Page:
Stevie Wonder had a packed weekend at the end of July this year. A headline slot at Glastonbury on Sunday and (more importantly in my opinion) a headline slot in Hyde Park, where he played for about two hours and blew tens of thousands of fans away. The heat was unbearable for the whole weekend, but it was a price worth paying for this day out. £50 and a horrid amount of sunburn was a small price to pay to see Mary Mary, James Morrisson, Corinne Bailey Rae, Jamiroquai and Stevie in one massive evening of soul, funk and R&B.

The last time I was at Hyde Park was about 6 years ago now, listening to James Brown and the Red Hot Chili Peppers at the age of fourteen. I have got considerably less funky since those days but I was still entranced by some stunning, charismatic performances. Stevie stumbled onto the stage in a red and gold Dashiki with a Keytar and a huge smile at about 10:30 on Saturday evening and didn’t let up the musical assault until midnight when the fans were herded by mounted police towards Marble Arch.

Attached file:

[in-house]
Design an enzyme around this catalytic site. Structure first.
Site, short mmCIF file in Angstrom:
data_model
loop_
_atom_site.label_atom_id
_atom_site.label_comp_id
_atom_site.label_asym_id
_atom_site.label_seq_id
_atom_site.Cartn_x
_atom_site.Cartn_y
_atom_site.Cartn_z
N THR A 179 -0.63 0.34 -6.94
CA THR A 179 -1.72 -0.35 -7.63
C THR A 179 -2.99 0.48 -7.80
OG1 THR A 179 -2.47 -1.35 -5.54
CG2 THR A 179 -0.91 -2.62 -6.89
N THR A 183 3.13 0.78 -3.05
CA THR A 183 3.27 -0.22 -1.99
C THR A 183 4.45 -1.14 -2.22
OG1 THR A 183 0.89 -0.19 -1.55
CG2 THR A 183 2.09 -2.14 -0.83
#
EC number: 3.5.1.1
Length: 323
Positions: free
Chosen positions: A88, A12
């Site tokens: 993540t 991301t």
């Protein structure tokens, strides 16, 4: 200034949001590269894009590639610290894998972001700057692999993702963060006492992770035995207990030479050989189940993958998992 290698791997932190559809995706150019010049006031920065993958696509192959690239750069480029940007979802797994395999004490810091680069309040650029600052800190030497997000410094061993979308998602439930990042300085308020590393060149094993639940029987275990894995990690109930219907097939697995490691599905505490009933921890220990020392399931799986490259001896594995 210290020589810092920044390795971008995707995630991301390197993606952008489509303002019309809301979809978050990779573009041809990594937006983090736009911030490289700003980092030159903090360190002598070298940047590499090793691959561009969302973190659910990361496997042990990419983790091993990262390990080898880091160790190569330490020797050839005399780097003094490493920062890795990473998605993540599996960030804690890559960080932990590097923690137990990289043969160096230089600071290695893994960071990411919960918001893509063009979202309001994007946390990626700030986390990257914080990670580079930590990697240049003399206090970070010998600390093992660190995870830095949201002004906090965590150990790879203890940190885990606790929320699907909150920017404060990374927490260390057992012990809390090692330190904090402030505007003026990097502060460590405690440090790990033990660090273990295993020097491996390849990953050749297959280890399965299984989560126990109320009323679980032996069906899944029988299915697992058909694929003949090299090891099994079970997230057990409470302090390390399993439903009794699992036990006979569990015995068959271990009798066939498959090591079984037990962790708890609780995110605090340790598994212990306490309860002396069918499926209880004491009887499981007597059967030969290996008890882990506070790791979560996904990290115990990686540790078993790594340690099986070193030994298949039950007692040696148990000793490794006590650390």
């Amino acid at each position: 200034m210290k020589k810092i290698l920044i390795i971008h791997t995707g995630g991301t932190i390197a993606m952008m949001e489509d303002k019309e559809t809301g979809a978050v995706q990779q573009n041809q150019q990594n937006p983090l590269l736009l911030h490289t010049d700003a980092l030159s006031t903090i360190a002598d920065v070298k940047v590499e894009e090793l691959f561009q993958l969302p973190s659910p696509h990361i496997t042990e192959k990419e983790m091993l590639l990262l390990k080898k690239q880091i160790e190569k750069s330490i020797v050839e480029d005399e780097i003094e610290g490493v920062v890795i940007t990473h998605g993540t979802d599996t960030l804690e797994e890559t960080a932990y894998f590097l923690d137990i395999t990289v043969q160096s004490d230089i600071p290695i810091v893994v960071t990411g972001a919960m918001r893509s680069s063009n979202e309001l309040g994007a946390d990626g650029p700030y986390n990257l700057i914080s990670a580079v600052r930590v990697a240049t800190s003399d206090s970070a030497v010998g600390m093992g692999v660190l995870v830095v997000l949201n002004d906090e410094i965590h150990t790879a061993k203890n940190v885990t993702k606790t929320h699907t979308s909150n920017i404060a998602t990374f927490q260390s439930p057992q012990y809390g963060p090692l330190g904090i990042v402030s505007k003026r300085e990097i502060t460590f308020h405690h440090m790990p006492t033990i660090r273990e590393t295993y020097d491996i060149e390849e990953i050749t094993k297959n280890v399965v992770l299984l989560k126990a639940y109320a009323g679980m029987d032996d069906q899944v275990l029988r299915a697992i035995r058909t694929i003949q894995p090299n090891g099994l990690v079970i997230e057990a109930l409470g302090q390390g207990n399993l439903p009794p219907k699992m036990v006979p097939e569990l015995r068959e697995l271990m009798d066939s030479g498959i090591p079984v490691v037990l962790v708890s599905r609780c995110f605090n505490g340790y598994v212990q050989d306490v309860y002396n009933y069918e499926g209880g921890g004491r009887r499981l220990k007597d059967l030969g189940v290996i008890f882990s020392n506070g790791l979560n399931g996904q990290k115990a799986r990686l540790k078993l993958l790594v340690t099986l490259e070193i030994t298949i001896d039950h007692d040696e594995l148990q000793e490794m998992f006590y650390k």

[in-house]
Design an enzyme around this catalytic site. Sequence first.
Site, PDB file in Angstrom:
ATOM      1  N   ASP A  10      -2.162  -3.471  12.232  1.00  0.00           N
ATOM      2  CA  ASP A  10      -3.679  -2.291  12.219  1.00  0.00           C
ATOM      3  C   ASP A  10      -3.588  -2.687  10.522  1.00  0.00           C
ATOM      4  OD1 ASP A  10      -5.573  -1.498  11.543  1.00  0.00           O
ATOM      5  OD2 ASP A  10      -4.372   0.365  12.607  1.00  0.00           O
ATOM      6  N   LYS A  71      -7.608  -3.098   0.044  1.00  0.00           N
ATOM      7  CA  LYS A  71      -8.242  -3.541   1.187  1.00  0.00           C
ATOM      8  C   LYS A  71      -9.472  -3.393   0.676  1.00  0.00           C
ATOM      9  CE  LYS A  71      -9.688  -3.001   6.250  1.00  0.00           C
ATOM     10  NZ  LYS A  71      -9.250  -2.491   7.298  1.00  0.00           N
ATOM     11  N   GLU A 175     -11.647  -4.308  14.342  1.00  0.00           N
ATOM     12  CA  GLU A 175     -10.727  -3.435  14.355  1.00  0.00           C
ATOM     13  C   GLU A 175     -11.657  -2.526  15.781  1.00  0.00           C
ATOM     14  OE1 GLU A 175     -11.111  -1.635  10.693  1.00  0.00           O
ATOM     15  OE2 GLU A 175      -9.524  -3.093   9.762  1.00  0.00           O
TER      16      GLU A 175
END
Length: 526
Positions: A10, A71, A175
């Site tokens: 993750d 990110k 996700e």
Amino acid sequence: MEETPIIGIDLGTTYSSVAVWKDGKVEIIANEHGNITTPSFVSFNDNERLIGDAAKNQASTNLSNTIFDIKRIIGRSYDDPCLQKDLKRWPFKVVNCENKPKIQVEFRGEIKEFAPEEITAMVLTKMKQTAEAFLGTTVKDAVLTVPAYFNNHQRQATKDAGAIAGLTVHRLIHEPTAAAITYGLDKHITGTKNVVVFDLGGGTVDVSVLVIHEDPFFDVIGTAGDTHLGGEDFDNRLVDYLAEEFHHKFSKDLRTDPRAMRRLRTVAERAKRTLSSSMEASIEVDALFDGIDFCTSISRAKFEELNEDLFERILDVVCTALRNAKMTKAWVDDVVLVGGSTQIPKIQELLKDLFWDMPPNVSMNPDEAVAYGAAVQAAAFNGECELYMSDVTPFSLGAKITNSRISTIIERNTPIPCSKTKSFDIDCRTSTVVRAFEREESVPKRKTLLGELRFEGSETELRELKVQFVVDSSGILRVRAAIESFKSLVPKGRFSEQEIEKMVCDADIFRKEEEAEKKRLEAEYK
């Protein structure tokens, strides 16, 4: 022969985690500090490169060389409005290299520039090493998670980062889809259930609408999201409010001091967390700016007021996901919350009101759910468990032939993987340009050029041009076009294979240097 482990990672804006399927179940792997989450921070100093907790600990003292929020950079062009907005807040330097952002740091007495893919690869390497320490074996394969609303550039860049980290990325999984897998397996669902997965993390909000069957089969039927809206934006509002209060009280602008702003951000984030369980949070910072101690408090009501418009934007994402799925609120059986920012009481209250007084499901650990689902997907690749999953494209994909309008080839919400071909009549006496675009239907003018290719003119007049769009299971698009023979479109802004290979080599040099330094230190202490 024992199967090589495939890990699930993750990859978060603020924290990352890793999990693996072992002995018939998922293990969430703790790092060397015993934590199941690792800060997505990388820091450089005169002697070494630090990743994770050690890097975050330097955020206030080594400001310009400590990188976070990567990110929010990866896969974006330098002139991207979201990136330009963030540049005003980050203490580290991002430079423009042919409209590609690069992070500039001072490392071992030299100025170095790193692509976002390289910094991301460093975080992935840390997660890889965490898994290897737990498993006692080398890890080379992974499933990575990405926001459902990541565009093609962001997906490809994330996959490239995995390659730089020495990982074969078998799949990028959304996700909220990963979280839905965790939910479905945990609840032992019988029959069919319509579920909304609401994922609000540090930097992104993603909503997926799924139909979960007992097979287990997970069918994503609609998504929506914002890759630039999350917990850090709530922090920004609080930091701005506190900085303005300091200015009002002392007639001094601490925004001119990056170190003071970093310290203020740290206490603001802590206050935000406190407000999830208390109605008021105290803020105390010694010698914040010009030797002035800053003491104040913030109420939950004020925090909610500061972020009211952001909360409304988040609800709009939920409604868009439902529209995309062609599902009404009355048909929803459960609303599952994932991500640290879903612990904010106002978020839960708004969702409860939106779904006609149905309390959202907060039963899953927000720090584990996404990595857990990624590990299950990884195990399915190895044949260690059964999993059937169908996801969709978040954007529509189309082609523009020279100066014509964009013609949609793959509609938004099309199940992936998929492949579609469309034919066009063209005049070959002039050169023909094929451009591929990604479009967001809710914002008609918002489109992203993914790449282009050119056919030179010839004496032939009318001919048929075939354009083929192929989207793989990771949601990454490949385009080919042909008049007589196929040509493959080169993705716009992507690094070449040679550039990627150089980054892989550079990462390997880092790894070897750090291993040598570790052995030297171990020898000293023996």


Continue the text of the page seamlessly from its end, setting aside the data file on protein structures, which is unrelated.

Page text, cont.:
The highlights of the gig were definitely the old hits, which came thick and fast; Sir Duke, Superstition, Fingertips and Isn’t She Lovely were just a few belters that kept the crowd enthralled for the duration of the evening. The greatest moments by far, though, were Stevie’s dedications; hushing the crowd and saying that only the boys were allowed to sing “Isn’t she lovely” and “My Girl” to their swooning wives and girlfriends whilst the lonely men scrambled in their pockets to hold a mobile phone in the air and let Stevie Wonder express their deepest feelings to the women they love. I may have cried… just a little bit.